Associated Responsibilities of the Coroner

Associated with the responsibility of determining the cause and manner of death, the Coroner has numerous other responsibilities. Listed below are these responsibilities and clarifications.

Pronounce death and determine what time the death occurred

Only a physician or a Coroner may pronounce death. The determination of the time of death is critical to a criminal case, and may be extremely important with issues related to insurance and beneficiaries.

Scene Investigation

The Colorado Law is specific that the body of a deceased person may not be moved from its place of death until the Coroner arrives at the scene and performs the investigation. In rural counties the Coroner typically handles most of the scene investigations; and in urban areas, due to the large volume of cases, the Coroner typically has Coroner Investigators who handle the scene investigations. It is the Coroner’s responsibility to be certain that their deputies and investigators are well trained in scene and follow-up investigations. Scene investigation not only includes evidence collection, scene interviews, and examination of the body and circumstances, but must be followed up with additional interviews of family, friends, physicians, procurement of medical records and other material that might provide the information needed to make the cause and manner of the death determinations. The Coroner must correlate the scene findings with clinical history, antemortem medical records, criminal, psychological and family medical history.

Take Custody of the Body

This is Colorado Law. It is the Coroner’s responsibility to see that the body is removed from the scene. This must be done with extreme skill when there is evidence to preserve. It must be done with sensitivity and respect as often family members are at the scene. The Coroner must transport the body to their forensic facilities in cases where an autopsy or other tests must be done. This responsibility must be carried out in a professional manner.

Make Positive Identification of the Deceased

A positive identification is made on all deceased persons whose death is investigated by the Coroners Office. This can be an extremely time consuming and difficult procedure. Fingerprints, dental records, radiological records, and DNA may all be used for positive identification, but the antemortem records must be found and obtained.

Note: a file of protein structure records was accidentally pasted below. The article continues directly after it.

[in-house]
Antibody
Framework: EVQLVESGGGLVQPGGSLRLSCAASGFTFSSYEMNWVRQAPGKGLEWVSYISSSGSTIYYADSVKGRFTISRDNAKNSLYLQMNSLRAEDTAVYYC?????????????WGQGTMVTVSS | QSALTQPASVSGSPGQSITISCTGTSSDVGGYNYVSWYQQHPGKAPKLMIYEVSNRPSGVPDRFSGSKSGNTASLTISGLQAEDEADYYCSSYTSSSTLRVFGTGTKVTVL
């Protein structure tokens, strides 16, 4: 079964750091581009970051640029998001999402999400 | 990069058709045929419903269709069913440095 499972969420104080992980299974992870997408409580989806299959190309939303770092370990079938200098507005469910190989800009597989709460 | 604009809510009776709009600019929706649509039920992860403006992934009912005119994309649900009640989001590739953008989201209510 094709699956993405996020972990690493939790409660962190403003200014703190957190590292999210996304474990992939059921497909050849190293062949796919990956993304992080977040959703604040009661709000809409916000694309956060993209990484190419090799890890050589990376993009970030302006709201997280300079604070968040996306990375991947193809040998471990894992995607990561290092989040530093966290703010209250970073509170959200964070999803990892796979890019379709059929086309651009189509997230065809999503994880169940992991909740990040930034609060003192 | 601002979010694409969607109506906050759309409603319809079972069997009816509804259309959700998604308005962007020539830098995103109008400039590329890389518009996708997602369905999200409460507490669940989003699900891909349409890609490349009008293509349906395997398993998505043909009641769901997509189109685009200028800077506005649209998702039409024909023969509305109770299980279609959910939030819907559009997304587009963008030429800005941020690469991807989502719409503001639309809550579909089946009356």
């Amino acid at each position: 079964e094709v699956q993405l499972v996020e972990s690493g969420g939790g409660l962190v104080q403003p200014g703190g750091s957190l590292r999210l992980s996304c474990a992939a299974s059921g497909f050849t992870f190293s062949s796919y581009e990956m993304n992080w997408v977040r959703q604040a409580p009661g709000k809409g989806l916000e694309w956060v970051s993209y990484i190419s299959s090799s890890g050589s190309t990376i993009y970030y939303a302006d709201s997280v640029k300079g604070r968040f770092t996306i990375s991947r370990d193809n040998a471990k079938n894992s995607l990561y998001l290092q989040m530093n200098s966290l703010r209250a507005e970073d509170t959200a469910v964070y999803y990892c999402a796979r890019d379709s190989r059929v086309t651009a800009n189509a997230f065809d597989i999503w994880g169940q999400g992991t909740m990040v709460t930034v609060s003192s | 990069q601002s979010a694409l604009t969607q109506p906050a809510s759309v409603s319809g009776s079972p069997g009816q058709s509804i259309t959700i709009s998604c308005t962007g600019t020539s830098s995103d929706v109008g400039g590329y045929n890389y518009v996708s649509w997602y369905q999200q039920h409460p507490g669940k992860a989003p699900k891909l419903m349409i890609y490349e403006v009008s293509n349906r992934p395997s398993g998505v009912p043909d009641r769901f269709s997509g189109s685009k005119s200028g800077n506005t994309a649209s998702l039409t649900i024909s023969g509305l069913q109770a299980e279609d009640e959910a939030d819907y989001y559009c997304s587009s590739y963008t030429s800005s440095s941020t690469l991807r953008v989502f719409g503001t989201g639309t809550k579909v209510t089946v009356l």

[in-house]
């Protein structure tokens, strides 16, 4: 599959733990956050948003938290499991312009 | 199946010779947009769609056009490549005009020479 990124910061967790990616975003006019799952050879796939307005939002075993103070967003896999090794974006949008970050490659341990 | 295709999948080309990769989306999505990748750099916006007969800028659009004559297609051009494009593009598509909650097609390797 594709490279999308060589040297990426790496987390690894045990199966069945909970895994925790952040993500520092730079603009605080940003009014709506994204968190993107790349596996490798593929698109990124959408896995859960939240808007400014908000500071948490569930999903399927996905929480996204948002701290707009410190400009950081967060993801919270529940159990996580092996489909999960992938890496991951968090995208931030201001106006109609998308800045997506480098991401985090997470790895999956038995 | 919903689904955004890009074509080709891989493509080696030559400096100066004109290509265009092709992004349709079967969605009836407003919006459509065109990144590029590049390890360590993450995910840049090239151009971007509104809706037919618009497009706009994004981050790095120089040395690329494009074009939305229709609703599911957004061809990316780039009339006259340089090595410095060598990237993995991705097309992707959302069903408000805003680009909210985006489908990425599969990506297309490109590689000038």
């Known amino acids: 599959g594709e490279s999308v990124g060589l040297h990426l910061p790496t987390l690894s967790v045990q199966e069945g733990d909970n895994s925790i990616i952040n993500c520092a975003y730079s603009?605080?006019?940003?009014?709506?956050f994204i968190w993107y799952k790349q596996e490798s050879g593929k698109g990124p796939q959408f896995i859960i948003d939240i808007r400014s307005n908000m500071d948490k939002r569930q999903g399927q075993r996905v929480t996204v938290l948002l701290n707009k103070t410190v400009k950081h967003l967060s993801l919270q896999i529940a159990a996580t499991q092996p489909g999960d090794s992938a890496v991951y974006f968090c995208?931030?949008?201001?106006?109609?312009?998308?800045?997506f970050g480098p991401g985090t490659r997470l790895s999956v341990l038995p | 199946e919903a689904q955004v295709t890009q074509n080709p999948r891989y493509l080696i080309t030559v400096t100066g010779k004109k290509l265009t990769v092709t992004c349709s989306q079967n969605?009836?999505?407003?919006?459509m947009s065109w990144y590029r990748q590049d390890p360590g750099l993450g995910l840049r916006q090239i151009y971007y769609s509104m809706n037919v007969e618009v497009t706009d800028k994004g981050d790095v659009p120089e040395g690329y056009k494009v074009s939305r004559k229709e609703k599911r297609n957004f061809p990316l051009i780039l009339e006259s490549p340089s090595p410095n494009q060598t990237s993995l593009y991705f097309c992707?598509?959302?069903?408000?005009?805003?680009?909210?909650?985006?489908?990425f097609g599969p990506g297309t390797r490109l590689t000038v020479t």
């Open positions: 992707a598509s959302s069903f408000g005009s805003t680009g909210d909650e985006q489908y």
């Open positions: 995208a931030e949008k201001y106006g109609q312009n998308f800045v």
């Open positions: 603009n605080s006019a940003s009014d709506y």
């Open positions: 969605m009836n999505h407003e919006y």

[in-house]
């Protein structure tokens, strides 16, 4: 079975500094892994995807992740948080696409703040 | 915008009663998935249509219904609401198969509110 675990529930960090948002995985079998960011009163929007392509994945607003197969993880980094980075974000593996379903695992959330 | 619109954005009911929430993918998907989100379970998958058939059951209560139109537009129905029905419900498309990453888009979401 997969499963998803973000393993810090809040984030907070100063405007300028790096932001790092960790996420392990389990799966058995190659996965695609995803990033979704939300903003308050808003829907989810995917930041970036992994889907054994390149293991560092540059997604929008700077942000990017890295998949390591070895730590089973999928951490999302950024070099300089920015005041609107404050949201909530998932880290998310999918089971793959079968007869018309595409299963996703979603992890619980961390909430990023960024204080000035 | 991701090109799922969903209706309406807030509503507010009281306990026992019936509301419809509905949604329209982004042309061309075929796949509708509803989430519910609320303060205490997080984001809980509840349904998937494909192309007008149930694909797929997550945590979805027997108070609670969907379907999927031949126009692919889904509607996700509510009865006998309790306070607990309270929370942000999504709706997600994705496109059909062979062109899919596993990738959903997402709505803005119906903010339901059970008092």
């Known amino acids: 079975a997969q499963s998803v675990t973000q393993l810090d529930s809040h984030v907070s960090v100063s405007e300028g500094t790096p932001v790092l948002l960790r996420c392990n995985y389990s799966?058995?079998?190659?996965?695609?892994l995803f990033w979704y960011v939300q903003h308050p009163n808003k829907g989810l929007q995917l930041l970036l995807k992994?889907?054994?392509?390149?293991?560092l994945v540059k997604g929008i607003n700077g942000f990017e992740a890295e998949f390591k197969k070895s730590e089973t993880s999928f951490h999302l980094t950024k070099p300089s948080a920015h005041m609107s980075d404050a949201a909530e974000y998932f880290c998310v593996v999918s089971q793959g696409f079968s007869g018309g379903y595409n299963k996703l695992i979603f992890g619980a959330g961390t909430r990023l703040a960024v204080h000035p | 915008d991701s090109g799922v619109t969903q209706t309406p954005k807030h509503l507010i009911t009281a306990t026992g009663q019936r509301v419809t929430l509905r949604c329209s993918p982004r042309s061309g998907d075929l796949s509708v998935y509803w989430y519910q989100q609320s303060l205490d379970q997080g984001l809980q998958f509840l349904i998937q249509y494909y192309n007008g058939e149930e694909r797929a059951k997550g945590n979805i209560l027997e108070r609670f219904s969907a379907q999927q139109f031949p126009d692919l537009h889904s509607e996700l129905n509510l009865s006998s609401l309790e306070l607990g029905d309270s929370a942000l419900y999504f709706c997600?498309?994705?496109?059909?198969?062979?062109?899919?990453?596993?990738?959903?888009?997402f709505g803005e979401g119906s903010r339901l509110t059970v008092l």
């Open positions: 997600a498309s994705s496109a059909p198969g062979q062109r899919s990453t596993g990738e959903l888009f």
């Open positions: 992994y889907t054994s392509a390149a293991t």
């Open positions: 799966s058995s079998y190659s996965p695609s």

Identification and Notification of Next of Kin

It is the Coroner’s responsibility to determine who is the next of kin. When the determination is made, the person must be located and notification made. Death notifications should be made in person and can be one of the most difficult and emotionally charged duties of the Coroner. Once the next of kin have been notified, the Coroner will be in constant contact with the family to advise them of the results of the investigation and/or autopsy, to obtain other information as needed, and to assist and coordinate the investigation. The Coroner also makes referrals to specific groups such as the SIDS Program and suicide survivors groups as the situation dictates. If the next of kin are outside the county (maybe in other states or countries), the Coroner contacts out of state Coroners or law enforcement officials so that in-person notifications are still facilitated. The Coroner may spend many hours locating these people and many more hours helping them to facilitate disposition of the body and/or understanding and dealing with the death.

Discovery of Remains

Skeletal remains, complete or partial, are found in all areas of Colorado. The Coroner is responsible for first determining if the bones are human or animal, and if human, are they ancient, or Native American. The Coroner must follow certain statutory obligations regarding notification of appropriate State agencies.

Death Certificates

At the conclusion of a death investigation, the Coroner issues a death certificate, which is the legal document that states the cause and manner of death. This is an extremely important document as it is used to settle criminal and civil legal matters, and insurance benefits for survivors.


The Coroner must keep records and reports of each death investigation. These records are often subpoenaed into court for criminal or civil purposes, and are requested by physicians, insurance companies, and families.